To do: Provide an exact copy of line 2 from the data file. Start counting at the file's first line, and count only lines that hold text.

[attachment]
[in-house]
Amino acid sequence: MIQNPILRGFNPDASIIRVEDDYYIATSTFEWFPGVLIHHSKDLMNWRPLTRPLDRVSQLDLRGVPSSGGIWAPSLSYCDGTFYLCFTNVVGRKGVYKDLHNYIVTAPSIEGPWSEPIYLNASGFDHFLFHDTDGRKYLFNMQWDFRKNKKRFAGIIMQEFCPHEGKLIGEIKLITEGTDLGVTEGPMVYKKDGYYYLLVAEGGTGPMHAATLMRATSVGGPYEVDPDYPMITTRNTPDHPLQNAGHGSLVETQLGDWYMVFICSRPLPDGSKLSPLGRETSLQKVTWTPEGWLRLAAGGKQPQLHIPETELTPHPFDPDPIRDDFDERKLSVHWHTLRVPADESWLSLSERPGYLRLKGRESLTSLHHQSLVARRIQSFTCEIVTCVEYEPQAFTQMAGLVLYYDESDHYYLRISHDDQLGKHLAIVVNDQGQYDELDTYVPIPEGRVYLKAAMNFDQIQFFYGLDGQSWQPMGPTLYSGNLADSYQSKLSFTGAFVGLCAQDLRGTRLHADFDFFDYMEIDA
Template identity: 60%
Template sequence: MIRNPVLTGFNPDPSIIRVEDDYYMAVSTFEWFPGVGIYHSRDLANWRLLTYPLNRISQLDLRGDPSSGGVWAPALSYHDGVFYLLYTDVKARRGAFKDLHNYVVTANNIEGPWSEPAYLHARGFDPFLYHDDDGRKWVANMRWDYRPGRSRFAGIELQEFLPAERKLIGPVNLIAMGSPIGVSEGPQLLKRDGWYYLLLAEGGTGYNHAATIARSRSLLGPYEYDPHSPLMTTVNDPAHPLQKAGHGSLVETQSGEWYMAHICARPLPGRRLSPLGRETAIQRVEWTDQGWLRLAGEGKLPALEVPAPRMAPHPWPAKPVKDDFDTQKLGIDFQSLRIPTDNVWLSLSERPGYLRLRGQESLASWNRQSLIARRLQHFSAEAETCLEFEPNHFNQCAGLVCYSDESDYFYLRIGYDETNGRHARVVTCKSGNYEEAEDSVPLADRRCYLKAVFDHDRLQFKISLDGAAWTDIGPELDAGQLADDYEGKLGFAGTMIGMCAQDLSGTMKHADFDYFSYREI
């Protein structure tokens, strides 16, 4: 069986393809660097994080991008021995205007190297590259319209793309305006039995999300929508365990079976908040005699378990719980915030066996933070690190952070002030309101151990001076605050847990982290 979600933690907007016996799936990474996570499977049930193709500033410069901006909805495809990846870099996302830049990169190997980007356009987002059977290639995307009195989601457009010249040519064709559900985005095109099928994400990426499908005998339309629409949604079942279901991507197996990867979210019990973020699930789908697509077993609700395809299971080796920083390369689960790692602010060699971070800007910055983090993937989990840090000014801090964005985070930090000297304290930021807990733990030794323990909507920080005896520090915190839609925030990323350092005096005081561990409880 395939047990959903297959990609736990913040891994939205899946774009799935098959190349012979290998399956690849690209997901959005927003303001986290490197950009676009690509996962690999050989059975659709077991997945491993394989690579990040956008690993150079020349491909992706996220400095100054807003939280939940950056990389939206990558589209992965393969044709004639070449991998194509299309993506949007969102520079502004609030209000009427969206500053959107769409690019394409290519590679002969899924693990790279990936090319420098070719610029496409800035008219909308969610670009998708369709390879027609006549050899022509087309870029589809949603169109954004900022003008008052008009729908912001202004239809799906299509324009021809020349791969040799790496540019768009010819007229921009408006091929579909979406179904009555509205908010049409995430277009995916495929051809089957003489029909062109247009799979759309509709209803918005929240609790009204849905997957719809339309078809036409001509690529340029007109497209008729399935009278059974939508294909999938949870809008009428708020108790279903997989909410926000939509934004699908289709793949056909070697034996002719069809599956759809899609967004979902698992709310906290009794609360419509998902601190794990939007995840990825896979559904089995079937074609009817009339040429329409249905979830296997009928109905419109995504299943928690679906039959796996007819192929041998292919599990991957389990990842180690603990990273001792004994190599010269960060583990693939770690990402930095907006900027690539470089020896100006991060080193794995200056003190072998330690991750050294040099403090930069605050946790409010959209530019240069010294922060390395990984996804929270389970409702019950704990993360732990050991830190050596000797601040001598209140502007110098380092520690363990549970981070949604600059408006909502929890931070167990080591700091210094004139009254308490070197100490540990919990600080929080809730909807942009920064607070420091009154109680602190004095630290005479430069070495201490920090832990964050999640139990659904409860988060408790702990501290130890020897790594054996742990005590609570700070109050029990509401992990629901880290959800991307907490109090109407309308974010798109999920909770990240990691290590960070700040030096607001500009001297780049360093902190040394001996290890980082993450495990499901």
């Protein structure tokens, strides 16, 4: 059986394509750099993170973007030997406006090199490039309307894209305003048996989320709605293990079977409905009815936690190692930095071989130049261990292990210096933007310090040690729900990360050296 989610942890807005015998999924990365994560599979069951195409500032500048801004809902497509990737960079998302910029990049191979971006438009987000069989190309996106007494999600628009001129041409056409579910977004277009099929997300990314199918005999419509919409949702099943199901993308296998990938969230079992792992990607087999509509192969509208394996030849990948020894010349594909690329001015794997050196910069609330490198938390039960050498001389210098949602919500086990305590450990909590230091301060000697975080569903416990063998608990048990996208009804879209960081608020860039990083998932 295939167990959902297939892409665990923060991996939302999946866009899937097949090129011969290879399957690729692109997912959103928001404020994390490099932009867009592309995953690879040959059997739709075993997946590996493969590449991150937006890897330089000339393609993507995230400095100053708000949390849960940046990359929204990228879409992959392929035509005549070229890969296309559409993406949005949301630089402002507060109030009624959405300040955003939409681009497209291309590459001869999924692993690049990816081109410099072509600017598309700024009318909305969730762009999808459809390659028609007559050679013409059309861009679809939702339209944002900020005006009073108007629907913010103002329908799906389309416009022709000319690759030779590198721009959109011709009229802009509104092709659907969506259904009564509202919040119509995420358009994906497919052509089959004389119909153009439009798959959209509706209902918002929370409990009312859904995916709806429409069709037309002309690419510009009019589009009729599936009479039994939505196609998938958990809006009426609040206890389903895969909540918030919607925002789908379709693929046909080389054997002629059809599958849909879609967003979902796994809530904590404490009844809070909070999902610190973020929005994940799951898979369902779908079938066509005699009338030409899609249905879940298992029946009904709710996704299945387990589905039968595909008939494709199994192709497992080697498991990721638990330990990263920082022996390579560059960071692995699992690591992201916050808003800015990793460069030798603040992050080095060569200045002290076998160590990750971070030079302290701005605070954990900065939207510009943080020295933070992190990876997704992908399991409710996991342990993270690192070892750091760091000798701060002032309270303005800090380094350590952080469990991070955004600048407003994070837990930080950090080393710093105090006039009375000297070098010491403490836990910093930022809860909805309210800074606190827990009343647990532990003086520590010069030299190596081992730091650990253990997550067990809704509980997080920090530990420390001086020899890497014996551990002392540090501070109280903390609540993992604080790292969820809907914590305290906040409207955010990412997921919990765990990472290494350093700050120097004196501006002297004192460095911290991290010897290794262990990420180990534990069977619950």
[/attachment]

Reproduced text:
Amino acid sequence: MIQNPILRGFNPDASIIRVEDDYYIATSTFEWFPGVLIHHSKDLMNWRPLTRPLDRVSQLDLRGVPSSGGIWAPSLSYCDGTFYLCFTNVVGRKGVYKDLHNYIVTAPSIEGPWSEPIYLNASGFDHFLFHDTDGRKYLFNMQWDFRKNKKRFAGIIMQEFCPHEGKLIGEIKLITEGTDLGVTEGPMVYKKDGYYYLLVAEGGTGPMHAATLMRATSVGGPYEVDPDYPMITTRNTPDHPLQNAGHGSLVETQLGDWYMVFICSRPLPDGSKLSPLGRETSLQKVTWTPEGWLRLAAGGKQPQLHIPETELTPHPFDPDPIRDDFDERKLSVHWHTLRVPADESWLSLSERPGYLRLKGRESLTSLHHQSLVARRIQSFTCEIVTCVEYEPQAFTQMAGLVLYYDESDHYYLRISHDDQLGKHLAIVVNDQGQYDELDTYVPIPEGRVYLKAAMNFDQIQFFYGLDGQSWQPMGPTLYSGNLADSYQSKLSFTGAFVGLCAQDLRGTRLHADFDFFDYMEIDA